Thanksgiving brings a somber reminder for some



By Ciara Watson

To the average American, Thanksgiving is a time in which you and your children get a two-day free vacation from work and school. For a small number of sometimes forgotten American people, however, Thanksgiving is a holiday reminding them of war and the genocide of their people and culture.

Since 1970, United American Indians of New England (UAINE) has gathered at noon on Cole’s Hill in Plymouth to commemorate a National Day of Mourning on the United States’ Thanksgiving holiday.

“Many Native Americans do not celebrate the arrival of the Pilgrims and other European settlers. Thanksgiving day is a reminder of the genocide of millions of Native people, the theft of Native lands, and the relentless assault on Native culture,” says the UAINE website.

Though many people of the Native American culture still feel great pain and sorrow for their betrayal from the past, there are a few who believe in perseverance and self empowerment for a better future.

Dineh Nation and the Yukon Dakota Sioux, Jacqueline Keeler spoke about all of the injustices her culture has faced on that Thanksgiving Thursday day 300 years ago, and finished her entry by saying, “the healing can begin.”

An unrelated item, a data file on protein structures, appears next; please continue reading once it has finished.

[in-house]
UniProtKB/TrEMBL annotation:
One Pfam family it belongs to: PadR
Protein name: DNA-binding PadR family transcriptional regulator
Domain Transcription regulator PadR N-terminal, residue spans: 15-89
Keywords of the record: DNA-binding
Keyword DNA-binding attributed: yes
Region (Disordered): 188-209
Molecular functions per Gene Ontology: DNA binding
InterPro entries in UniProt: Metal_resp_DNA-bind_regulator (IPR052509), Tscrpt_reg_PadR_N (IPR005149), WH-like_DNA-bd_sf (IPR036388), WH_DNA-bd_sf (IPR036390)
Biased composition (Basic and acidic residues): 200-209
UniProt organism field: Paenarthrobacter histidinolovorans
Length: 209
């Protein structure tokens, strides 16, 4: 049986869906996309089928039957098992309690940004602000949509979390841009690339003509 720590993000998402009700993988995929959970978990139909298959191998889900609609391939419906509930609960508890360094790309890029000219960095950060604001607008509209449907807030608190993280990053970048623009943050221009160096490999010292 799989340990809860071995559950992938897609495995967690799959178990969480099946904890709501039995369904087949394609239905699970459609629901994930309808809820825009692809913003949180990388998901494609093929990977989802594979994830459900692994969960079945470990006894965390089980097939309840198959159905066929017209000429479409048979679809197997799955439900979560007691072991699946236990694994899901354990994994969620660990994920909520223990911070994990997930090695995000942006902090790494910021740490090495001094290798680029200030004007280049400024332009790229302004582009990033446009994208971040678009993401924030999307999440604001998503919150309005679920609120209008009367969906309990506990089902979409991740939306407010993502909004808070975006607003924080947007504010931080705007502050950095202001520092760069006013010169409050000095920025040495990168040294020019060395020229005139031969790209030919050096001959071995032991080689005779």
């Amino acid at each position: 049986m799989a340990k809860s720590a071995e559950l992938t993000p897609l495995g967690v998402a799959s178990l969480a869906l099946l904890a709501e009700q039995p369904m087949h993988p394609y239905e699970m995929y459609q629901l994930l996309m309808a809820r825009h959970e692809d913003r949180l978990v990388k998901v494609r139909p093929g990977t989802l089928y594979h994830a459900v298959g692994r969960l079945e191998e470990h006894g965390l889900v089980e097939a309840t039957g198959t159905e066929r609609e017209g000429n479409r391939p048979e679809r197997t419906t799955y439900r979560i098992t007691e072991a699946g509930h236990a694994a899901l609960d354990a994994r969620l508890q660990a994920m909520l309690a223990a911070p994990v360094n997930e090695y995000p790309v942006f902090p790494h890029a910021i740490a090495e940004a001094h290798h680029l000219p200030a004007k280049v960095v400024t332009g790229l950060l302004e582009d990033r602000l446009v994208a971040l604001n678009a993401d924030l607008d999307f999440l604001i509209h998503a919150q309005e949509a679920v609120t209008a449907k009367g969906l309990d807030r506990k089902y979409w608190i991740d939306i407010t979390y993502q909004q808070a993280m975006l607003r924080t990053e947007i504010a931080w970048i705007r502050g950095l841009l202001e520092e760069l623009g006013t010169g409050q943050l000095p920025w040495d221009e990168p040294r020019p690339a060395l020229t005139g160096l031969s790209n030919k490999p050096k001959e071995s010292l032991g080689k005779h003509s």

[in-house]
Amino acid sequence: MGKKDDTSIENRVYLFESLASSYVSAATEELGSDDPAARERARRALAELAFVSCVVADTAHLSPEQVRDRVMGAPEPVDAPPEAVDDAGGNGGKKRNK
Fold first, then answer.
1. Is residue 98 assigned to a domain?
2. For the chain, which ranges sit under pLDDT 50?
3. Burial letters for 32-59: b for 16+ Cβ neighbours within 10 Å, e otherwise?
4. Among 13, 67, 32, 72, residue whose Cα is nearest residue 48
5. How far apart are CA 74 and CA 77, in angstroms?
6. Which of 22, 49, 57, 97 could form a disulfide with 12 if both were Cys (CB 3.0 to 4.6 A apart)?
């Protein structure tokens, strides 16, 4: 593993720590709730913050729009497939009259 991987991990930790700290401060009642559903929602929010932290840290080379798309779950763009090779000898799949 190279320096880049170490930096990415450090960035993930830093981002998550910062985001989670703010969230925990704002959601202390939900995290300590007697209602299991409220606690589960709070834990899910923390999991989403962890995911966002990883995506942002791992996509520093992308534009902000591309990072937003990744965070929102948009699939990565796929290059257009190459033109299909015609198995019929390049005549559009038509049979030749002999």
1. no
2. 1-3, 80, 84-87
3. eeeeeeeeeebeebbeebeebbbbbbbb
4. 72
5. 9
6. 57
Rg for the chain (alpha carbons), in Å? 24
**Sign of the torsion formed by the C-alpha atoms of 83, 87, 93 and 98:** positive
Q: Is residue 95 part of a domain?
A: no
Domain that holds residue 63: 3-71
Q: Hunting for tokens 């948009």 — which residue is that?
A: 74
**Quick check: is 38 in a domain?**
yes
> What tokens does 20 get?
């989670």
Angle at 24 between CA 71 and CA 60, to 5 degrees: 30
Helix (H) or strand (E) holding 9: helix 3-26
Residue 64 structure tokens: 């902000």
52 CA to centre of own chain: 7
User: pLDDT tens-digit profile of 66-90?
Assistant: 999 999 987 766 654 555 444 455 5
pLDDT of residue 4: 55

Through many years of drying many tears, Native Americans all across the country have been able to think of Thanksgiving beyond a day remembering only death and massacre, but also one of family, love and hope for the future. Those who are able to embrace the Thanksgiving holiday do so as a family but never forget their culture’s past while also giving charge to their future.

“Personally, since this holiday is so permanent in our culture, I choose to look at Thanksgiving as a time to spend with my family as opposed to the history that the U.S. I choose to ignore the selected version of this day,” UNO Professor Cathi Warren said. “While the Tribes and the English did meet and share food, the relations after this led to the time of horror that the tribes have been dealing with for the last 400 years.”

So this year while you are eating your homemade turkey and stuffing; let us not forget to thank Native Americans for the sacrifices they made so we can enjoy this “day of thanks,” we have all come to love and celebrate.


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